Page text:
Risking her marriage to protect her daughter from FGM


We can change people’s attitudes by creating awareness.

Halima Abdi remembers as if it was yesterday the day she learnt her mother-in-law had circumcised her two daughters without her consent.

“I had gone to Nairobi to see a friend. There were no cell phones then. Just the red Teleposta phone booths. When l called home to tell them that l had arrived safely in Nairobi, l got the shock of my life when my mother-in-law told me that my daughters had been cut that morning!

“I was crushed because I had no intention of circumcising my daughters especially after one of my friends developed a childbirth injury known as fistula. I made a vow that if I gave birth to another daughter she would not go through the cut.”


Halima now has six children—three daughters and three sons. She kept the vow she made to herself all those decades ago. She has made sure that her last born daughter, who is now six years old, has not undergone the cut. “My in-laws are not happy about the decision I made,” she says without regret.

She said she has had to contend with her husband who still strongly holds to traditional beliefs about FGM. “He always insists on instilling strong cultural values on our daughters. But some of these customs l do not agree with. I do not feel they are right. But on the issue of whether or not to cut our last born daughter, there was no negotiation. I stood my ground and that is why she is not cut,” she says.


One of Halima’s daughters who turned eighteen two weeks ago has now joined Horn of Africa Development Initiative’s (HODI) Breaking the Silence, which is a training programme targeting teenage girls and their mothers where issues such as FGM are discussed in women-only forums moderated by women from the community.

It has not been an easy journey for Halima. She is passionate in her belief that educating girls will give them the confidence to accept themselves as they are and give them the confidence to stand up against the cultural practices such as FGM and early marriage that deny them their dignity.

“That is why l have made a lifelong commitment to protect and serve our girls”, says Halima at the sidelines of one of many community led events to discuss FGM held in Marsabit.

Halima, who is a peer counsellor at HODI — has spoken openly and frankly about why she is opposed to the practice. She speaks of the challenges and failures she has faced as a mother trying to protect her daughters from the cut and the friction that this caused in her marriage. When she speaks, other women in the meeting nod and murmur assent as they identify with some of the challenges she has faced.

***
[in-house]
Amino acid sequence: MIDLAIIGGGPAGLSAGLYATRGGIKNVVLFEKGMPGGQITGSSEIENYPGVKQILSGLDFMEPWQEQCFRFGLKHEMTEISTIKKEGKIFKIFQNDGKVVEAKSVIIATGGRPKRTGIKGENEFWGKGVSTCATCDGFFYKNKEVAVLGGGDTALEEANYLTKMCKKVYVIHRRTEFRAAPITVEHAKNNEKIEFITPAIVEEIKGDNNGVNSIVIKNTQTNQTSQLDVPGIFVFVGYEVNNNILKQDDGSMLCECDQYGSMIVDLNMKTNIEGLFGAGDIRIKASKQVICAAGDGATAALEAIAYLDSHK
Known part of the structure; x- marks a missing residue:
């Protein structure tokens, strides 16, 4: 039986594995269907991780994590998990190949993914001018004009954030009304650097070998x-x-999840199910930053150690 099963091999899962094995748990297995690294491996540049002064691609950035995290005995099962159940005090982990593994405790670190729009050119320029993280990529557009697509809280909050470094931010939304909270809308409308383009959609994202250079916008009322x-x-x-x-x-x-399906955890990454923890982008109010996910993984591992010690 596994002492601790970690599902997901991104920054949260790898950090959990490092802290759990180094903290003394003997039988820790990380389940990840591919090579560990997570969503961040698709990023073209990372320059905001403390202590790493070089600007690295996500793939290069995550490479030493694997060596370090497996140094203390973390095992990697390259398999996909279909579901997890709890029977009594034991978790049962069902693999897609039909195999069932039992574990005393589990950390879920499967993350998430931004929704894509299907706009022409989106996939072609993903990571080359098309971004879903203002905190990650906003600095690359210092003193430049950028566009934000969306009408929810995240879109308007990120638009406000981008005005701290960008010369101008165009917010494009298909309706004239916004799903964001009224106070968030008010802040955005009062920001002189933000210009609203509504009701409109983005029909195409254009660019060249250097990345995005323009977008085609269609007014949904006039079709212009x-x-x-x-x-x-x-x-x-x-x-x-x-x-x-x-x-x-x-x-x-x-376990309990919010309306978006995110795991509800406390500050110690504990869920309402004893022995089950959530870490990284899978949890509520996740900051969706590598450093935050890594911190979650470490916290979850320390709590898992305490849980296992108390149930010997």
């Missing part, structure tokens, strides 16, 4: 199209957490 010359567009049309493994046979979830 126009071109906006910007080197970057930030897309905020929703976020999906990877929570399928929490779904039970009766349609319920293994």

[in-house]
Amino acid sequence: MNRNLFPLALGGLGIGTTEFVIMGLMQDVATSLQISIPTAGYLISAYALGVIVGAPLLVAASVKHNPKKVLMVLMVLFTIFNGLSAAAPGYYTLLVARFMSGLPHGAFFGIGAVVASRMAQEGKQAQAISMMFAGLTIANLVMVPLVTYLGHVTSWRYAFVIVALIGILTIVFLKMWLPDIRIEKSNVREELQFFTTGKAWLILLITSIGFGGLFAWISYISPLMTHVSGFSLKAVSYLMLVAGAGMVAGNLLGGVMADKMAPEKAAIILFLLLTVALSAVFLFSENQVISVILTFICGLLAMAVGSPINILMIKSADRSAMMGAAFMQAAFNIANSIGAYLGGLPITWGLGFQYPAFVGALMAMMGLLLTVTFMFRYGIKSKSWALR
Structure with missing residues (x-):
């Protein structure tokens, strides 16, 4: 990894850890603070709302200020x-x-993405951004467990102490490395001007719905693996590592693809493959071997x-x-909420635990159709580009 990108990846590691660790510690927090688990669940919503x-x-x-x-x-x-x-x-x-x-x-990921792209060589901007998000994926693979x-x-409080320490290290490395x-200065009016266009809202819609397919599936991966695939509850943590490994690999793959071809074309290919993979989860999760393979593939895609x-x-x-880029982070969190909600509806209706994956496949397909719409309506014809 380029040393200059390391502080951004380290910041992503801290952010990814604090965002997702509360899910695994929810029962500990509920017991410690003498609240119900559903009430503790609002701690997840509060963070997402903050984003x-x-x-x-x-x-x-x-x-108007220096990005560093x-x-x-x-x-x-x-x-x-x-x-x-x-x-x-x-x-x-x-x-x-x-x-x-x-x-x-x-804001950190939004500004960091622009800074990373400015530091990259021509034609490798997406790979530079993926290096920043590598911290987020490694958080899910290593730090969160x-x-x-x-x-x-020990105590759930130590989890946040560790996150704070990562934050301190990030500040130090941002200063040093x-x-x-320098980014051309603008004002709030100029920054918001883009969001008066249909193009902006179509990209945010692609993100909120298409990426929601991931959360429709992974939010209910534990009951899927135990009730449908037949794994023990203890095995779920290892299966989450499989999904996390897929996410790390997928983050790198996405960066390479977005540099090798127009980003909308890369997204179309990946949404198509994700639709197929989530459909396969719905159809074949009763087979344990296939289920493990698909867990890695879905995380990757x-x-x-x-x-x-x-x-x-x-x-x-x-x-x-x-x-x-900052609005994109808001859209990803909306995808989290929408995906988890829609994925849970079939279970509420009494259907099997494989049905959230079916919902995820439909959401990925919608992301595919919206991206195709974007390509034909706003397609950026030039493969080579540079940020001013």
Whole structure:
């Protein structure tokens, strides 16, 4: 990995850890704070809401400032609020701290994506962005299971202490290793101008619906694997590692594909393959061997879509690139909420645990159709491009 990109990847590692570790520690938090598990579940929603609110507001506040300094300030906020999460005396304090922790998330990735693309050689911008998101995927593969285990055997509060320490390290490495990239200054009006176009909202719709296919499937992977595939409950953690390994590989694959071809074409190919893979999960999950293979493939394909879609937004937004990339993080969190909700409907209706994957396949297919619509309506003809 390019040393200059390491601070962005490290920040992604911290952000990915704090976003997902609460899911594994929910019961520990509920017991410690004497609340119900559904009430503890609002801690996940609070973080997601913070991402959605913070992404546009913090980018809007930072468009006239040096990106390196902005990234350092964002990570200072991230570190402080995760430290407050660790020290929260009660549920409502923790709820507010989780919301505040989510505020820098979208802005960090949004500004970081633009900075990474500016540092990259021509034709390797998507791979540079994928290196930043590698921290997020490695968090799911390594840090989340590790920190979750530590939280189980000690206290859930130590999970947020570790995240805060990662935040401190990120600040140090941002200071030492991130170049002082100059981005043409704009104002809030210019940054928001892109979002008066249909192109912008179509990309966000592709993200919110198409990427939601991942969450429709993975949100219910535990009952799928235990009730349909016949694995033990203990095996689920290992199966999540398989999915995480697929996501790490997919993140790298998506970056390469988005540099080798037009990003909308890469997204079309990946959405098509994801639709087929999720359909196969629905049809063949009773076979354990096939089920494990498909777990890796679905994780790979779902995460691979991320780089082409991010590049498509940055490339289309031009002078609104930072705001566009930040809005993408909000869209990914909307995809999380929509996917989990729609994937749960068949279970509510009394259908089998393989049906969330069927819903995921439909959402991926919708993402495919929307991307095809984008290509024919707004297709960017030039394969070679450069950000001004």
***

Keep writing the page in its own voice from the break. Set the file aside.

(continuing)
As a peer counsellor, Halima reaches out to mothers and grandmothers to hold open and frank conversations about FGM and persuade them against the practice.

“We talk to women in their Chamas (women-only informal groups which are formed for economic as well as social support) about the effects of circumcision on their daughters. Some of the women tend to disagree with what we tell them but we listen to their views and persuade them on why they should not cut their daughters. Many of them understand they have no option but to abide by the law,” says Halima.

During one such conversation, one of the elderly women present defended the practice. “We only practise FGM because it is our culture. Tunajua ni mbaya lakini tumeshazoea kukata wasichana (We know that it is not right, but we are used to cutting our girls!)” she explains.

Another explained that the cut is done to ensure that the girl’s clitoris is ‘properly shaped.’

Despite the intransigent positions taken by some of the elderly women in the meeting, some of their daughters spoke out against the practice and respectfully voiced their disagreements.

Marsabit, unlike other sub-counties in what is formerly the Northeastern Province, does not have a homogenous community with one dominant language or religion. Marsabit comprises of more than 12 ethnic communities — the El Molo, Rendille, Samburu, Turkana, Dassanatch, Gabra, Borana, Konso, Sakuye, Garee, Waata, Burji and the Somali.


According to the 2009 census, Muslims make up 46 per cent of the population while 30% of the people describe themselves as Christians. The rest claim to prescribe to other religions.

This ethnic and religious mix has made it possible for people to have frank conversations about subjects that are considered taboo. These conversations tend to get pretty heated but not when outsiders are present.

Then, the conversation around FGM tends to be ‘politically correct’ and those who speak during such forums, espouse the legal position — that FGM is bad and banned and that nobody practices it anymore.

HODI’s adopted a strategy to provide the community with a ‘safe’ place to discuss openly and frankly their deeply held cultural attitudes and beliefs, and to also give those fighting to change these attitudes a platform to be heard.

“We cannot change cultural beliefs through laws. We can only change the people’s attitudes to this practice. And we can only do this through creating awareness and helping them understand why FGM is bad,” Halima says.